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Here is my JS

function validate(evt) {
  var theEvent = evt || window.event;
  var key = theEvent.keyCode || theEvent.which;
  key = String.fromCharCode( key );
  var regex = /[0-9]/;
  if( !regex.test(key) ) {
    theEvent.returnValue = false;
    if(theEvent.preventDefault) theEvent.preventDefault();

the script is for the input tag only can type number only.

It works well on google chrome, but on firefox 15.0 backspace, delete, arrow key is not working

This is bug of firefox, or something wrong with my script?

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Take console.log(); and debug it? –  zerkms Sep 6 '12 at 4:44
This is for keypress, keyup, keydown, change, blur, ... what? –  Musa Sep 6 '12 at 4:46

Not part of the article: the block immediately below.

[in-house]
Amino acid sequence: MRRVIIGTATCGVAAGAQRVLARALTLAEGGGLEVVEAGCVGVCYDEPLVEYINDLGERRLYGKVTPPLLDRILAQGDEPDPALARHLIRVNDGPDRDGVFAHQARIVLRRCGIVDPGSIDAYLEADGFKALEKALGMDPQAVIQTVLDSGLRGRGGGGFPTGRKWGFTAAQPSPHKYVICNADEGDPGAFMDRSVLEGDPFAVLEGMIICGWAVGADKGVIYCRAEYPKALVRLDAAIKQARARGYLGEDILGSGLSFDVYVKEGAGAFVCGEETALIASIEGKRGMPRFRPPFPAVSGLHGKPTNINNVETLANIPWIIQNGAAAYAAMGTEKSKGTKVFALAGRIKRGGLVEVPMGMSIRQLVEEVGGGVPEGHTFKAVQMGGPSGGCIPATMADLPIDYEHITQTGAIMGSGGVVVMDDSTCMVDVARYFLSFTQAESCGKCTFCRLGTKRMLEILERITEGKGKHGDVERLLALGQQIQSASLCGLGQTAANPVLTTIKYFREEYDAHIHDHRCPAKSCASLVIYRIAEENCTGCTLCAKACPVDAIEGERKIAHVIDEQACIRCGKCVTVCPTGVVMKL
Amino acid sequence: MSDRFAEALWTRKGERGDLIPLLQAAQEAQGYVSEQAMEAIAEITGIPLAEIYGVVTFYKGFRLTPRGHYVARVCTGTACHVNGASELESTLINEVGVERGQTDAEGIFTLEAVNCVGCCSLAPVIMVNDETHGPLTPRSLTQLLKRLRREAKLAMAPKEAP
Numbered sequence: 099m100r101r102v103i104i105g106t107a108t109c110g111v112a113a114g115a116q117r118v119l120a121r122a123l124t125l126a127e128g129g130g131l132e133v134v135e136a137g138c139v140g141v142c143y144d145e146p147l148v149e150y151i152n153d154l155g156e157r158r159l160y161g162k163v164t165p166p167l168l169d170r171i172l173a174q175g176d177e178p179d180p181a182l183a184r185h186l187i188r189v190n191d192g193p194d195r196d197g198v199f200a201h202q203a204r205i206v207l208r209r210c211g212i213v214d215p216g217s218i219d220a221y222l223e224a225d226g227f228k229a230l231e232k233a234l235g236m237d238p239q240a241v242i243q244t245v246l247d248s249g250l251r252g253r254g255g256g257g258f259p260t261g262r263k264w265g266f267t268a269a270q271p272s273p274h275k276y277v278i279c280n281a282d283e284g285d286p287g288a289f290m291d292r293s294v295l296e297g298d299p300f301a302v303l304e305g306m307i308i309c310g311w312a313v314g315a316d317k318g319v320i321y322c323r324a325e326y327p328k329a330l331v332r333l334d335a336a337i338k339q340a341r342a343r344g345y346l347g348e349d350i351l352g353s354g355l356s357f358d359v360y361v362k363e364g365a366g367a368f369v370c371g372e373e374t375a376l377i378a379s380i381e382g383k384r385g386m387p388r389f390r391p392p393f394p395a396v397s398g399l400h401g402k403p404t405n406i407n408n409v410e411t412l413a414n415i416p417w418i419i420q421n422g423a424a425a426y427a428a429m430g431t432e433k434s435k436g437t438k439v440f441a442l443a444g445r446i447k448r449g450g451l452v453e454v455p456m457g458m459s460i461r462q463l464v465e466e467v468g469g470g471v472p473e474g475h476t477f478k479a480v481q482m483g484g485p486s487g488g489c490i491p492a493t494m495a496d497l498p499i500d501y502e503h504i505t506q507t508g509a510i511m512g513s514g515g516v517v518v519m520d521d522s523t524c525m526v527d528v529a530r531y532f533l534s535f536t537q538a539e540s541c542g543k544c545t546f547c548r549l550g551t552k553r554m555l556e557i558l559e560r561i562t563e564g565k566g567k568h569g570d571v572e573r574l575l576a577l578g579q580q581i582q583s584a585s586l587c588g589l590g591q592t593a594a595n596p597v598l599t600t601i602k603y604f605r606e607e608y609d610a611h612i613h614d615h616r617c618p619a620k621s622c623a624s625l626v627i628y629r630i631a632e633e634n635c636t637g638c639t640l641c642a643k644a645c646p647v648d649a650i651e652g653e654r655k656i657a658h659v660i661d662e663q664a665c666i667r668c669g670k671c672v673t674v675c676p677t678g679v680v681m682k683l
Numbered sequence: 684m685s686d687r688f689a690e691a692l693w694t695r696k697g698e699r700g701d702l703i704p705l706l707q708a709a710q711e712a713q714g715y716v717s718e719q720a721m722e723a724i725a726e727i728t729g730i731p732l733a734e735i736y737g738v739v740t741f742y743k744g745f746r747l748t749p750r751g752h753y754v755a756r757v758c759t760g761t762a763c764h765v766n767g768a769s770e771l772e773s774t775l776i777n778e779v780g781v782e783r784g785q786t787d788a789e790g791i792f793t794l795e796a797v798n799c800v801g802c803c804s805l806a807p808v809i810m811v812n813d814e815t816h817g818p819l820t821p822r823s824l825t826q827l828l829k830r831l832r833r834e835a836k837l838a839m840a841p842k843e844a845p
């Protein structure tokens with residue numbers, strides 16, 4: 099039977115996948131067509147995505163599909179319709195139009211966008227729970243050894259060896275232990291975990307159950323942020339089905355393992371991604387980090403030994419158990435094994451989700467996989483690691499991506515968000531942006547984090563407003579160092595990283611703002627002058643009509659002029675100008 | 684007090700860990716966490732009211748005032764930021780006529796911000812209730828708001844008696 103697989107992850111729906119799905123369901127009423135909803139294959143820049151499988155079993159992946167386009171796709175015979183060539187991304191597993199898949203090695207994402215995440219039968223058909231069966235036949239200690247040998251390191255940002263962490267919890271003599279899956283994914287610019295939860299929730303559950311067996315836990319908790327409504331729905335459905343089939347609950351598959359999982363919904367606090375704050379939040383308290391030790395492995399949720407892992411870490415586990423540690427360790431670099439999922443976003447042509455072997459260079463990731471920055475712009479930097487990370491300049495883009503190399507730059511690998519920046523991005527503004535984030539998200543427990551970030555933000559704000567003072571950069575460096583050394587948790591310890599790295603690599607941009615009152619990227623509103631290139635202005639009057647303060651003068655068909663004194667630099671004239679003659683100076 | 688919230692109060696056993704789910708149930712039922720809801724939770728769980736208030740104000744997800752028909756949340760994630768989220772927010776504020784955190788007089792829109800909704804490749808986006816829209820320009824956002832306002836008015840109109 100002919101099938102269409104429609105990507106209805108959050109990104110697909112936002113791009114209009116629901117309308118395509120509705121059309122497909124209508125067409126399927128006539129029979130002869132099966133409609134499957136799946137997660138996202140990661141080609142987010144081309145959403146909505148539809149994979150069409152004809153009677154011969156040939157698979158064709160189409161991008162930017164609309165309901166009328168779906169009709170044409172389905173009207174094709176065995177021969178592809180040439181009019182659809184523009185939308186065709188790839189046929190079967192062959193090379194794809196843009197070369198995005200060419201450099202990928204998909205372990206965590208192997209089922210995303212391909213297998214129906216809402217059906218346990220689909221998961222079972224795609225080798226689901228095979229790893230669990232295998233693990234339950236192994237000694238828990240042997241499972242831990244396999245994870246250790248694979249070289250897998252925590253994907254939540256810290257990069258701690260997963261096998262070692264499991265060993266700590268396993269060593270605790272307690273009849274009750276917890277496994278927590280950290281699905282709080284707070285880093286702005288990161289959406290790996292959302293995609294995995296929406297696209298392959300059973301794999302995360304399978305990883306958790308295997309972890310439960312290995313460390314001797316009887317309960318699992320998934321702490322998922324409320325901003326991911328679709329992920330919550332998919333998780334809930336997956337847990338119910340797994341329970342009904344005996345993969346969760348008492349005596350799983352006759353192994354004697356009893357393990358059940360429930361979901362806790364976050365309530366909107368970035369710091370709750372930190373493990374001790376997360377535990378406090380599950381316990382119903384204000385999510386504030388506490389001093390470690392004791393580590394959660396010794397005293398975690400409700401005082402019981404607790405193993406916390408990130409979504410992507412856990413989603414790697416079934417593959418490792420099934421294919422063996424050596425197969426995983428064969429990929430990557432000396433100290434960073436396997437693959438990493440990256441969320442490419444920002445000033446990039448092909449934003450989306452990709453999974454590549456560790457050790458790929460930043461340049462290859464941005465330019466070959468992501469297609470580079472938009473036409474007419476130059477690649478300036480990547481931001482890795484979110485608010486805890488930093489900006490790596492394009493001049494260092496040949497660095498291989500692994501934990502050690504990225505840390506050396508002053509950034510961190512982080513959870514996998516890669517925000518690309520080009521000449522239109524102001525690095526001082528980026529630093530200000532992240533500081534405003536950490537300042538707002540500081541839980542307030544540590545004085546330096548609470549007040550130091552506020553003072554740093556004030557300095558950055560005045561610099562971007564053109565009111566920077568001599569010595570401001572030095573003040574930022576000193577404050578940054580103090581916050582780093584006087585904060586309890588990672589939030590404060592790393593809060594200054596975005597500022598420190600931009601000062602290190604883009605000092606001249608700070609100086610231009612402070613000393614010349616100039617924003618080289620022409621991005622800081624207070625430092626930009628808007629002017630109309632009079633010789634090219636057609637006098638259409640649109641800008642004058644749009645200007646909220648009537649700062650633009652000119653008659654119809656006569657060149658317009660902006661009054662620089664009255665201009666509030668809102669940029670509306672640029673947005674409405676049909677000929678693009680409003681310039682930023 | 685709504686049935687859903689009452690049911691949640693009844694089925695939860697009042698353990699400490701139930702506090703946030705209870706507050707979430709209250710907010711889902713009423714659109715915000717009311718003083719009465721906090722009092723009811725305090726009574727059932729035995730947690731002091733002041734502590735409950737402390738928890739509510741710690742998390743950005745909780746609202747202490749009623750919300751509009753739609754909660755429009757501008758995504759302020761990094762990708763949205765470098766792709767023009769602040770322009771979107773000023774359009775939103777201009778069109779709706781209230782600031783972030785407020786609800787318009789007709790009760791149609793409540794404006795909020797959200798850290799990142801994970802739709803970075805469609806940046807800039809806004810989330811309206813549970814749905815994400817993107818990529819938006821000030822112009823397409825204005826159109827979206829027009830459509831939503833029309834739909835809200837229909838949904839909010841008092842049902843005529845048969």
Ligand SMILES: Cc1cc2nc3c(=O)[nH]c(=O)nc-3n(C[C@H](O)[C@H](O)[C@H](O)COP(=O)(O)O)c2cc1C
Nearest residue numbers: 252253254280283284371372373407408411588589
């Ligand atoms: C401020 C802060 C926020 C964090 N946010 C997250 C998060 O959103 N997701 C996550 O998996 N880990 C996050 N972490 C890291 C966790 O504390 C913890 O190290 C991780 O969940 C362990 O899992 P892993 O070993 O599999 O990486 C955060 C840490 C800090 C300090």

@zerkms sorry, I don't understand console.log(); –  Sieryuu Sep 6 '12 at 4:48
@Musa I use it for keypress() –  Sieryuu Sep 6 '12 at 4:48
Read this about console.log: What is console.log and how do I use it? –  Nandeep Mali Sep 6 '12 at 4:51

2 Answers 2

up vote 2 down vote accepted

The reason is Chrome and IE doesn't fire the keypress event for these special keys (backspace, delete, arrow key).

But for Firefox, the event will be fired, and failed match the regex, so theEvent.preventDefault() will be executed.

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As xdazz said:

var key = theEvent.keyCode || theEvent.which;

key is the ASCII code of the pressed key. Backspace is 8, delete is 46.

var key = theEvent.keyCode || theEvent.which;

now that code is converted to a character. Backspace and delete keys do not map to a number, so the regular expression causes the default action to be prevented.

The strategy is flawed because you don't care what the value of the field is until it is submitted to the server, so validate the content when the user leaves the field and when the form is submitted (and again at the server, always).

The user can put data into a form field in many ways other than key presses, so use the value of the field (not the key that was pressed) to validate. It's far simpler and less error prone.

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